Phagocytosis of apoptotic bronchial epithelial cells by AM was performed as previously reported, with minor modifications (4). Briefly, for use as targets in the phagocytosis assay, immortalized normal bronchial epithelial cells (16HBE) were induced to undergo apoptosis by subjecting cells to ultraviolet radiation for 20 minutes using a 305-nm transilluminator ultraviolet source (UVP, Upland, CA). This method yielded the highest rate of apoptosis, assessed by positive staining with Annexin V (4).

Staining with Annexin V (BD) was performed to ensure that greater than 80% of cells were apoptotic. Apoptotic epithelial cells were stained with 50 μl mitotracker red (MTR) (25 μg/ml), then 1 ml aliquots (4 × 106 cells/ml) were added to AM monolayers (cell count adjusted to 4 × 105 cells/ml) in 24-well plates for 45 minutes at 37°C/5% CO2. The fluid was gently removed from the adherent AM monolayer and cells exposed to 1 ml ice-cold 0.5 mM EDTA for 15 minutes. The cells were pelleted by centrifugation without further washing. AM were then stained with 5 μl CD33[PE-CY5] (Immunotech) for 15 minutes, then washed. Autofluorescence of AM and opsonized but not phagocytosed cells was quenched with crystal violet (0.8 mg/ml for 30 s) and CD33+/MTG+ events quantified using flow cytometry. In our experience the quenching procedure is near 100% efficient. Control tubes of AM only, labeled epithelial cells only, and AM + unlabeled epithelial cells were included, and their staining patterns were used to set quadrant markers for flow cytometric analysis of the percentage of AM that had ingested apoptotic cells.

Staining of Membrane-Associated Molecules on BAL AM

Two hundred–microliter aliquots of BAL were added to fluorescence-activated cell sorter (FACS) tubes. To block Fc receptors and reduce nonspecific binding, 20 μl of normal human immunoglobulin (60 g/L, Intragam; Commonwealth Serum Laboratories [CSL], Melbourne, Australia) was added to each tube for 20 minutes at room temperature. As previously described (17), cells were further incubated for 20 minutes, in the dark, with directly conjugated Mabs to surface markers of interest, then washed with 0.5% bovine serum albumin in Isoton II (Coulter Immunotech, Gladesville, Australia) (“wash buffer”), centrifuged at 1,500 × g for 90 seconds, and the supernatant discarded. Twenty microliters of wash buffer was added, and 50,000 events acquired immediately using a FACScalibur flow cytometer (BD) and analyzed using Cell Quest software (BD). Quenching of autofluorescence of AM from smokers was performed as previously described (16). Results were expressed either as percentage values or as median fluorescence intensity of staining (MFI), minus the value of the negative Ig control.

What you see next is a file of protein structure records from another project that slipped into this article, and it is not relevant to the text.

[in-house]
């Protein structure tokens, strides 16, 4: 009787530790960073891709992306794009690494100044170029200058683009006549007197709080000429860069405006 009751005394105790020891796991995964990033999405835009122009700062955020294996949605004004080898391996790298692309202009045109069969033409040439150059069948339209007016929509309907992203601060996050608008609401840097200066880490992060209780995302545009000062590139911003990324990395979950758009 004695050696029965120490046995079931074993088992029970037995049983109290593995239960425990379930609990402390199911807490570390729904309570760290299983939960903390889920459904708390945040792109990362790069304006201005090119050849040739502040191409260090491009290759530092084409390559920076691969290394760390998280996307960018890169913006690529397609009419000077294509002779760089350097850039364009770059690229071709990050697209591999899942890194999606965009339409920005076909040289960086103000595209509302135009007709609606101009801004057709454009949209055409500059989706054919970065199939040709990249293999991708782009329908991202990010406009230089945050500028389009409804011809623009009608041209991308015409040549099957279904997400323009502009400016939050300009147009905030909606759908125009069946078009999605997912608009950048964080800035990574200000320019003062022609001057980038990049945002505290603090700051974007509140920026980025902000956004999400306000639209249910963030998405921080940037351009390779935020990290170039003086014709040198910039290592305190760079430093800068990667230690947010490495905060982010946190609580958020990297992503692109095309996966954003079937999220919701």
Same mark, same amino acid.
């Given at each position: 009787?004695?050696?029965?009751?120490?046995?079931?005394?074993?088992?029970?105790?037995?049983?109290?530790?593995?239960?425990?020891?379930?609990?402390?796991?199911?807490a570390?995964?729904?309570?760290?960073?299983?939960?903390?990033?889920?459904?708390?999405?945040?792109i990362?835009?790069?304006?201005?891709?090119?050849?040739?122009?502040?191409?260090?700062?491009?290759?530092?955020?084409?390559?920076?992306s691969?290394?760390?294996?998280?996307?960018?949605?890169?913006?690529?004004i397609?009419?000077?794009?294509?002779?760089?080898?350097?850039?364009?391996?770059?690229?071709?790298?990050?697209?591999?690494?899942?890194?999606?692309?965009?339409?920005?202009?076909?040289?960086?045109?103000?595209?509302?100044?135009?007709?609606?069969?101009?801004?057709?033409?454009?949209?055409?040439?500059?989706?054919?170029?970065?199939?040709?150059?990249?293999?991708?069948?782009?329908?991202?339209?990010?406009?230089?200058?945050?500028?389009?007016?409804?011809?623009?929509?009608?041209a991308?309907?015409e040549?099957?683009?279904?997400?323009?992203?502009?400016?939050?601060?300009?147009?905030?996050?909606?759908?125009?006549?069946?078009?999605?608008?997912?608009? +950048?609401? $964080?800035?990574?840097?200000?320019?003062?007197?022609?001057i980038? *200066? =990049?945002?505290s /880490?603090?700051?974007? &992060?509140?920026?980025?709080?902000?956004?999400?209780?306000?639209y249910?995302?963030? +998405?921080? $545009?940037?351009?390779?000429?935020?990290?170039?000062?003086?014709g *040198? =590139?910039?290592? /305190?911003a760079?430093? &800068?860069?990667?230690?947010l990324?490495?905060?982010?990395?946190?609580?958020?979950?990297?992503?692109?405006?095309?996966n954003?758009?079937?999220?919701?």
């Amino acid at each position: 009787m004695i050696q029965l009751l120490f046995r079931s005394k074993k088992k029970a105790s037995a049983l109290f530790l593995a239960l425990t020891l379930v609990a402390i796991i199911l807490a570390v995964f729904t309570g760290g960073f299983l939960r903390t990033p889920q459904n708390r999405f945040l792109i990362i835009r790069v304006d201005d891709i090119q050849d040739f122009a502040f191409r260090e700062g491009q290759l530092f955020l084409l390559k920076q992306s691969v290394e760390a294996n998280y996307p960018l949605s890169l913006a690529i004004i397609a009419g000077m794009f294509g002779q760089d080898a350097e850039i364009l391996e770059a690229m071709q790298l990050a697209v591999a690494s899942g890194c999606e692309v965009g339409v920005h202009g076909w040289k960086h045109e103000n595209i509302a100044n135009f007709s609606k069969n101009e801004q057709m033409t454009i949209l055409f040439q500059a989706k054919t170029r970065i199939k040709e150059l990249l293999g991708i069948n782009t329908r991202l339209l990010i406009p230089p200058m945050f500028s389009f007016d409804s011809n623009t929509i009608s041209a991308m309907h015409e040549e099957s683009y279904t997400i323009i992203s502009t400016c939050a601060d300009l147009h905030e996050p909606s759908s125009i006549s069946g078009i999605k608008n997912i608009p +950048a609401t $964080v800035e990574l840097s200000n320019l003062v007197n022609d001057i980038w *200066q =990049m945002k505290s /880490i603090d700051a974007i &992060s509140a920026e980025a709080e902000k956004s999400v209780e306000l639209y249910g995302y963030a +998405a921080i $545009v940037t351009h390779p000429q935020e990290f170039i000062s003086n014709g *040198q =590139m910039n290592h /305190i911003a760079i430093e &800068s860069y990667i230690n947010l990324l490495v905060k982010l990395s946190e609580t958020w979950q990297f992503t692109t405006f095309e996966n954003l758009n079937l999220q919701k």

Intracellular Staining with Proliferation Marker Ki-67

Two hundred–microliter aliquots of BAL were added to labeled FACS tubes and cell membranes permeabilized by addition of 500 μl FACSperm (BD) for 10 minutes. Cells were washed, treated with normal human immunoglobulin as described above, then further incubated for 20 minutes with FITC-conjugated Ki-67. Staining to identify AM with CD14 was performed, cell washed, and 50,000 events acquired and analyzed as described above.

Preparation of Cigarette Smoke Extract

Cigarette smoke extract (CSE) was prepared using a modification of the method described by Su and coworkers (18). Briefly, mainstream smoke from three commercial cigarettes with filters removed (Camel brand; JT International, Geneva, Switzerland) were bubbled into a flask containing 30 ml RPMI medium. Each cigarette was smoked under vacuum for 5 minutes. This solution was considered to be 100% CSE. The pH was adjusted to 7.4 and the CSE diluted with culture media to obtain working concentrations of 2.5% and 10% (these concentrations are approximately equivalent to smoking 0.5–2 packets of cigarettes/day [18]).

In Vitro Investigation of the Effects of CSE on AM Recognition Molecules and Apoptosis

One-milliliter aliquots of BAL-derived AM (collected from five never-smoker volunteers) were adhered to 24-well plates at a concentration of 5 × 105 AM/ml. Freshly prepared CSE was added and cells incubated at 37°C/5% CO2. Control media were prepared in the same way using unburned cigarettes. After 18 hours, the fluid was removed from the wells and adherent AM tested for surface marker expression using flow cytometry as described above. To investigate the effects of CSE on AM apoptosis we applied 7AAD staining as we have previously described (3).

In Vitro Investigation of the Effects of CSE on AM cAMP Levels

One-milliliter aliquots of BAL-derived AM (collected from five never-smoker volunteers) were adhered to 24-well plates at a concentration of 5 × 105 AM/ml. Freshly prepared CSE was added and cells incubated at 37°C/5% CO2. Control media were prepared in the same way using unburned cigarettes. After 18 hours, the fluid was removed from the wells and 500 μl 0.2 M HCl was added to each well for 20 minutes. The fluid was frozen at −70°C and cAMP levels determined using a commercial ELISA kit (Cayman Chemical, Ann Arbor, MI), following instructions supplied by the manufacturer.